Khurshid trip will help end border row: China daily
Foreign minister Salman Khurshid's visit to China will help put "a political end" to the recent border row, a hardline Chinese daily said today.world Updated: May 09, 2013 14:11 IST
Foreign minister Salman Khurshid's visit to China will help put "a political end" to the recent border row, a hardline Chinese daily said Thursday.
In an article "Face-off just a small thorn in Sino-Indian relations", Global Times said the recent border tensions had been "solved smoothly" even before Khurshid began his May 9-10 trip.
"It seems the two Asian giants, once confronted with the border issue, have developed a tit-for-tat attitude towards each other among the public," it said.
"The bilateral relationship is also subject to instigation from the West. But the tension has never risen to where it could jeopardize China-India ties. When it comes to resolution, sobriety and diplomacy can succeed," it added.
Chinese soldiers had reportedly intruded 19 km inside Indian territory in Depsang area of Ladakh April 15 and pitched tents.
After five flag meetings and dozens of phone calls between the two sides, troops of both sides moved back to their original positions.
The daily pointed out that India is one of the few countries which have not yet finished delineating borders with China, but "this has had little impact on the rapid growth of Sino-Indian trade".
The trade volume of over $70 billion in 2012 not only makes China the second largest trade partner of India, "but also draws the two countries closer and creates win-win interaction between the two".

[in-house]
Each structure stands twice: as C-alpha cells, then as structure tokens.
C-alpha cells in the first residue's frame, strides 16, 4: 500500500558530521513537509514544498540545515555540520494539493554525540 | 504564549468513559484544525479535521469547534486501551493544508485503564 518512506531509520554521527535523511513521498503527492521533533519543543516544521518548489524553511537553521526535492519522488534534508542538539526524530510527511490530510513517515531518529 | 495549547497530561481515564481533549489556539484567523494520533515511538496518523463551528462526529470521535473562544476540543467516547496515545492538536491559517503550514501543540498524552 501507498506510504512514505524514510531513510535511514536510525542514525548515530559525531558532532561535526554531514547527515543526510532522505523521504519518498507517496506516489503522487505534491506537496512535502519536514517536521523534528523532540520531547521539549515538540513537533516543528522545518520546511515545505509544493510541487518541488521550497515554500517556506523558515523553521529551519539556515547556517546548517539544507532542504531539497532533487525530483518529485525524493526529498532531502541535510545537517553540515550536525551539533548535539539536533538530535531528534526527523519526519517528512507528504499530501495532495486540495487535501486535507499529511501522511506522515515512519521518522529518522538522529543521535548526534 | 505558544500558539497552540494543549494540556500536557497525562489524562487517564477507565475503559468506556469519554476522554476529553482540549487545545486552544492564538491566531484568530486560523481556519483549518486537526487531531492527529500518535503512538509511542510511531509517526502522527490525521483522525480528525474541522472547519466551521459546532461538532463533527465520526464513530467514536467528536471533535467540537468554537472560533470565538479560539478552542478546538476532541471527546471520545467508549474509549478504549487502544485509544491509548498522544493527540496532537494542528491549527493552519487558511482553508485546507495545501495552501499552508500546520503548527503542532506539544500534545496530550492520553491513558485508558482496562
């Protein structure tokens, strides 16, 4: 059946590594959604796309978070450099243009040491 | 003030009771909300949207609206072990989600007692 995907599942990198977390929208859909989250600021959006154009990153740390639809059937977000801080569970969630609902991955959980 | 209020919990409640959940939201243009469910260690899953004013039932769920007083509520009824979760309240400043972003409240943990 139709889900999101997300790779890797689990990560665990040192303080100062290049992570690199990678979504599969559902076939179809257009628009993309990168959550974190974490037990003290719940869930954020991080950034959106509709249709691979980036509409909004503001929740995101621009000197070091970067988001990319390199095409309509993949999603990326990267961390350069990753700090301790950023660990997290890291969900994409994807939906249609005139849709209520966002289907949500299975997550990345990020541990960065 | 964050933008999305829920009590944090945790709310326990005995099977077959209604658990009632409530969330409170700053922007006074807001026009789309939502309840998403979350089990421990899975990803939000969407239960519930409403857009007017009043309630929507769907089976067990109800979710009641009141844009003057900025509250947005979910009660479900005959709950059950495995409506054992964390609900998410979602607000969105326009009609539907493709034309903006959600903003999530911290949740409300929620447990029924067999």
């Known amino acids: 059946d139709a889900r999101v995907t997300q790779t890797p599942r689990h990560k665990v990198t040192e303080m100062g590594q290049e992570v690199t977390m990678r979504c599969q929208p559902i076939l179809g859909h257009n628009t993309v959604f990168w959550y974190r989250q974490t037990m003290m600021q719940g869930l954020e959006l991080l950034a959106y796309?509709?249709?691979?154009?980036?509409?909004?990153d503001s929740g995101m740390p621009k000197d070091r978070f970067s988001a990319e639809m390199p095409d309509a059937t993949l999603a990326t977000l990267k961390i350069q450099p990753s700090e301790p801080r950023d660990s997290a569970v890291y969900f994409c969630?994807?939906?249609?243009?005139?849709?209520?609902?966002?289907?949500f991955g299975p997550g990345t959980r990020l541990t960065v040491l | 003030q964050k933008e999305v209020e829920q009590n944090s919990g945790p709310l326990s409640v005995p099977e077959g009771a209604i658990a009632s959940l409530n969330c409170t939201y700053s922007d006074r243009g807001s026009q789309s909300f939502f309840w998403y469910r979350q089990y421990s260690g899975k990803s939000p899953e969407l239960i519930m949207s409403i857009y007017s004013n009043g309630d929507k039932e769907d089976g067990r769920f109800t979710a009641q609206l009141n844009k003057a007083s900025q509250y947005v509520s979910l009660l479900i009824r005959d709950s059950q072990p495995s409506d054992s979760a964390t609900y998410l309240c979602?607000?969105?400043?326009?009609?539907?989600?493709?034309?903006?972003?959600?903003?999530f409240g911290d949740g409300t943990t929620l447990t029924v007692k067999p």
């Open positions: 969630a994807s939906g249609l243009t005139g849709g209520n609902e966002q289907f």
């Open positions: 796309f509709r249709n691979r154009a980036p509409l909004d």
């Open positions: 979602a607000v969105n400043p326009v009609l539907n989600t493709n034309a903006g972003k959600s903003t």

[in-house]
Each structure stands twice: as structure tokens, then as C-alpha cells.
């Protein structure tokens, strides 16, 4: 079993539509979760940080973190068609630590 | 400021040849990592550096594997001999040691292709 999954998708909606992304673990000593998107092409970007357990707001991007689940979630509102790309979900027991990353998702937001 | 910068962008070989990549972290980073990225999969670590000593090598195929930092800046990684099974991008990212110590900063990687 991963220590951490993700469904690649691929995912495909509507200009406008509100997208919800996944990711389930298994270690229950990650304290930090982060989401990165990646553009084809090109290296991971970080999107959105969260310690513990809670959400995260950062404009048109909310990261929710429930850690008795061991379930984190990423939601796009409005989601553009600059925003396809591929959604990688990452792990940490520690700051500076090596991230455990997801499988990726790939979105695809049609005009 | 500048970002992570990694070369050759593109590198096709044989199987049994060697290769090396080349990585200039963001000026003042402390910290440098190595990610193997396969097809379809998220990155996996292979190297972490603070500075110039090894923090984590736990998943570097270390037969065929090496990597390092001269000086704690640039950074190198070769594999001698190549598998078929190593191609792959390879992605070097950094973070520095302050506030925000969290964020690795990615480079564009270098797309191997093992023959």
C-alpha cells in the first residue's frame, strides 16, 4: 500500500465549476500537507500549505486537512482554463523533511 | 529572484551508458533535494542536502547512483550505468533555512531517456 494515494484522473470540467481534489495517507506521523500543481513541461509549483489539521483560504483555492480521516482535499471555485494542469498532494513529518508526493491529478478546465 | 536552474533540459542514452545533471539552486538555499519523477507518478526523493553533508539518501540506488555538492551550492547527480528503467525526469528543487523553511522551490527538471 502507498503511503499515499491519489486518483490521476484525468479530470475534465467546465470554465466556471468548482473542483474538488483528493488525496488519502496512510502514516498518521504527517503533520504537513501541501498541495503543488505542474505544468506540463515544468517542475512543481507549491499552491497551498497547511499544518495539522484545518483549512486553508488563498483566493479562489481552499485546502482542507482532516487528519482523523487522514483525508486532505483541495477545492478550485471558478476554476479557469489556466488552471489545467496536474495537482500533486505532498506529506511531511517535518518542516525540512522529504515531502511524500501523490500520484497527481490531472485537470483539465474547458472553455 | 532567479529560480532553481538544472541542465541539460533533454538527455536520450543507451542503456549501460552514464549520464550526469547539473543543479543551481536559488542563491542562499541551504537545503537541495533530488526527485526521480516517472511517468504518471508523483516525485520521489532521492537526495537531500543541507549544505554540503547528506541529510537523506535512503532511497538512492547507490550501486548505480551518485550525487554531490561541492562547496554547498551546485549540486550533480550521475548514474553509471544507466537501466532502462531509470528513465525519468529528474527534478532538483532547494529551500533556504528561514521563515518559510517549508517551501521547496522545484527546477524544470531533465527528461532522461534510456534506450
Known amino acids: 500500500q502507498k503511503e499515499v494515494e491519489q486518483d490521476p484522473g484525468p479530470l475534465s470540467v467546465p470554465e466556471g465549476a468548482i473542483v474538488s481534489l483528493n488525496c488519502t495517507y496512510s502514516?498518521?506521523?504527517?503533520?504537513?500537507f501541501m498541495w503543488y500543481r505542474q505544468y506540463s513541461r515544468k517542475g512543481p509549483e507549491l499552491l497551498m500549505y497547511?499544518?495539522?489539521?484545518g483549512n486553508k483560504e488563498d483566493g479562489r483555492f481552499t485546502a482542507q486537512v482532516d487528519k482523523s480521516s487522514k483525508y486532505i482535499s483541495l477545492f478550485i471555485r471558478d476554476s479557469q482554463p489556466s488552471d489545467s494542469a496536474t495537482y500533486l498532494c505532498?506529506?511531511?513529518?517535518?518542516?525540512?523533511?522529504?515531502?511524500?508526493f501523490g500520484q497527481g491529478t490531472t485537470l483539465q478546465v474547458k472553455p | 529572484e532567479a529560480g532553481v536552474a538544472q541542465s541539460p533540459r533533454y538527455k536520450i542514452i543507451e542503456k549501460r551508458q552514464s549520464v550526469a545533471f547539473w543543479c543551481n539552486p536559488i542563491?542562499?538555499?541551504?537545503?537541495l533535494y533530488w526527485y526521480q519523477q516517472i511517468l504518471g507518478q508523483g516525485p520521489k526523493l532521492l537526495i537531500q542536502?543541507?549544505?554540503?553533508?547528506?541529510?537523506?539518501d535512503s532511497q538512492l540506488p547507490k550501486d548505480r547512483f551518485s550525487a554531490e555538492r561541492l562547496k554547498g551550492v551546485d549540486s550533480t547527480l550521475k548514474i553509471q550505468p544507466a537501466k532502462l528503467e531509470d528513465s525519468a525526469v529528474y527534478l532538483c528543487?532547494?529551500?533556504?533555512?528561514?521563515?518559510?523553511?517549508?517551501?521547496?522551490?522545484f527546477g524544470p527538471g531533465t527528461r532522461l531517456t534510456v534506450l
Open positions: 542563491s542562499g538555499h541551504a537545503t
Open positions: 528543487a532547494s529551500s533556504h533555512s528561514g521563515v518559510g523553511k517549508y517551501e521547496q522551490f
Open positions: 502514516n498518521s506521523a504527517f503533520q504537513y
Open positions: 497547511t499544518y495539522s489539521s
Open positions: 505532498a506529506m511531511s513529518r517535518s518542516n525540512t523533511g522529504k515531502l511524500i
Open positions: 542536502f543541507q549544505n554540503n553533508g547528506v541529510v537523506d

India and China fought a border war in 1962, and claim each other's territory.
The daily noted that neither China and India "will underestimate the great potential and attractiveness of its neighbour's market".
Both were "bound to have promising futures", it said.
"Cooperation, instead of tension and confrontation, will prevail."
"...those fanatical and unrestrained voices which were attempting to ignite fears and prejudices, have failed to blind the peaceful majority to the potential of the Sino-Indian relationship.
"Khurshid's visit will help put a political end to the issue."
The Global Times, which often takes a hard line on issues pertaining to Chinese interests, said Khurshid's trip was also "a great opportunity for India to exchange in-depth views about the border issues with the newly-elected Chinese leadership".
China's new Premier Li Keqiang has reportedly chosen India for his first official visit.
"It is impossible that Sino-Indian border issues will be left unsettled forever. But it is probable that the leaders of both countries have the wisdom and confidence to address the problem based on respect and mutual trust," it added.